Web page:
II.116. Such was the tale told me by the priests concerning the arrival of Helen at the court of Proteus. It seems to me that Homer was acquainted with this story, and while discarding it, because he thought it less adapted for epic poetry than the version which he followed, showed that it was not unknown to him. This is evident from the travels which he assigns to Alexander in the Iliad—and let it be borne in mind that he has nowhere else contradicted himself—making him be carried out of his course on his return with Helen, and after divers wanderings come at last to Sidon in Phœnicia. The passage is in the Bravery of Diomed, and the words are as follows: “There were the robes, many-colored, the work of Sidonian women / They from Sidon had come, what time god-shaped Alexander/ Over the broad sea brought, that way, the high-born Helen.”
In the Odyssey also the same fact is alluded to, in these words: “Such, so wisely prepared, were the drugs that her stores afforded, / Excellent; gift which once Polydamna, partner of Thônis, / Gave her in Egypt, where many the simples that grow in the meadows, / Potent to cure in part, in part as potent to injure.”
Menelaus too, in the same poem, thus addresses Telemachus: “Much did I long to return, but the Gods still kept me in Egypt— /Angry because I had failed to pay them their hecatombs duly.”
In these places Homer shows himself acquainted with the voyage of Alexander to Egypt, for Syria borders on Egypt, and the Phœnicians, to whom Sidon belongs, dwell in Syria.
II.117. From these various passages, and from that about Sidon especially, it is clear that Homer did not write the Cypria. For there it is said that Alexander arrived at Ilium with Helen on the third day after he left Sparta, the wind having been favorable, and the sea smooth; whereas in the Iliad, the poet makes him wander before he brings her home. Enough, however, for the present of Homer and Cypria.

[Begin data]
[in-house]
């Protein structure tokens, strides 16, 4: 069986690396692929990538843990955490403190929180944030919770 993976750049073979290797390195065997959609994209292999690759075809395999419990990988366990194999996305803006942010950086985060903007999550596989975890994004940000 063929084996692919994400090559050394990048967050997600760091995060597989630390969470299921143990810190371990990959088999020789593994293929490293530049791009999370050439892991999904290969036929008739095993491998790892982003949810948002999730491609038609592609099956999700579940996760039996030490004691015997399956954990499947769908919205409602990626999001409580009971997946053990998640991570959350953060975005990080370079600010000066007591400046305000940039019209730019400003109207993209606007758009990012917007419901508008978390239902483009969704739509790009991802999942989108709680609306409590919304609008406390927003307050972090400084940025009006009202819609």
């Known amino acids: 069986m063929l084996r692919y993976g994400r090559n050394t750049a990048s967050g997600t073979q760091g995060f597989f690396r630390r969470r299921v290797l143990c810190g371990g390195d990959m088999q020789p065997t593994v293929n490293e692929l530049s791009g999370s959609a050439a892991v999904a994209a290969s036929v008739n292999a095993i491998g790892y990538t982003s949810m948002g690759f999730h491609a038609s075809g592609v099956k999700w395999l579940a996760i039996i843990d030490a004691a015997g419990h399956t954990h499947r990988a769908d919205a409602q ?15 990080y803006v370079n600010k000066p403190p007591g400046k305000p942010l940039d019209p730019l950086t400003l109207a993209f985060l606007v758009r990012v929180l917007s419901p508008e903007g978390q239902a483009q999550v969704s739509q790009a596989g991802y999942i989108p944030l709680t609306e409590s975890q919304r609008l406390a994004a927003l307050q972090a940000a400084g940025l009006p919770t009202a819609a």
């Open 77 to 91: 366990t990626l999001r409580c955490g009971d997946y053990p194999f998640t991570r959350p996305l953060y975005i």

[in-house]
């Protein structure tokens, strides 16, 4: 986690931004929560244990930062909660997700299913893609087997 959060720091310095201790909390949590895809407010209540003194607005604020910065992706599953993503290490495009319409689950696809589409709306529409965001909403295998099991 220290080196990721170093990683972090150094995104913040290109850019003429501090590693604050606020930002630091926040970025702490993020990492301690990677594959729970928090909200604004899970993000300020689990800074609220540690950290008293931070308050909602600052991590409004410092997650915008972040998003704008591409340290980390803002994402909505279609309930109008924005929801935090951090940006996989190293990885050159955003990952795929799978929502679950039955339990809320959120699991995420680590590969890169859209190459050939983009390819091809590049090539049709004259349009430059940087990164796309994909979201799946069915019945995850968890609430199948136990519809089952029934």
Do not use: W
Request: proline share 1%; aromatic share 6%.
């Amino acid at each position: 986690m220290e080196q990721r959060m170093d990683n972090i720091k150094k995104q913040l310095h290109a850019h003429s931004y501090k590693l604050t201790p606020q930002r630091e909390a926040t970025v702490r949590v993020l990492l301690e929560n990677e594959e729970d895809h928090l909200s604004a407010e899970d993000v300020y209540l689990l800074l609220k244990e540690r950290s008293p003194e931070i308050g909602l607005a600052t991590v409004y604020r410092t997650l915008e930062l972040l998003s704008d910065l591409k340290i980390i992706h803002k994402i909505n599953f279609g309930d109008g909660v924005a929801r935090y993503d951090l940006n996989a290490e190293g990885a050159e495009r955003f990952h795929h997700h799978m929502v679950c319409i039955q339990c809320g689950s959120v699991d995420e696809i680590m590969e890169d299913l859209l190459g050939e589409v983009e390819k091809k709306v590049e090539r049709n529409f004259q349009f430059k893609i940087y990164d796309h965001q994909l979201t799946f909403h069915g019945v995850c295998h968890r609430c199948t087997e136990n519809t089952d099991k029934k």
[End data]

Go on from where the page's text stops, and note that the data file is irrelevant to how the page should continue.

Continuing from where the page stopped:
II.118. I asked the priests whether the story which the Greeks tell about Ilium [Troy] is a fable, or not. In reply they related the following particulars, of which they declared that Menelaus had himself informed them. After the rape of Helen, a vast army of Greeks, wishing to render help to Menelaus, set sail for the Teucrian territory; on their arrival they disembarked, and formed their camp, after which they sent ambassadors to Ilium, of whom Menelaus was one. The embassy was received within the walls, and demanded the restoration of Helen with the treasures which Alexander had carried off, and likewise required satisfaction for the wrong done. The Teucrians gave at once the answer in which they persisted ever afterwards, backing their assertions sometimes even with oaths, to wit, that neither Helen, nor the treasures claimed, were in their possession,—both the one and the other had remained, they said, in Egypt; and it was not just to come upon them for what Proteus, king of Egypt, was detaining. The Greeks, imagining that the Teucrians were merely laughing at them, laid siege to the town, and never rested until they finally took it. As, however, no Helen was found, and they were still told the same story, they at length believed in its truth, and dispatched Menelaus to the court of Proteus.
II.119. So Menelaus traveled to Egypt, and on his arrival sailed up the river as far as Memphis, and related all that had happened. He met with the utmost hospitality, received Helen back unharmed, and recovered all his treasures. After this friendly treatment Menelaus, they said, behaved most unjustly towards the Egyptians; for as it happened that at the time when he wanted to take his departure he was detained by the wind being contrary, and as he found this obstruction continue, he had recourse to a most wicked expedient. He seized, they said, two children of the people of the country, and offered them up in sacrifice. When this became known, the indignation of the people was stirred, and they went in pursuit of Menelaus, who, however, escaped with his ships to Libya, after which the Egyptians could not say where he went. The rest they knew full well, partly by the inquiries which they had made, and partly from the circumstances having taken place in their own land, and therefore not admitting of doubt.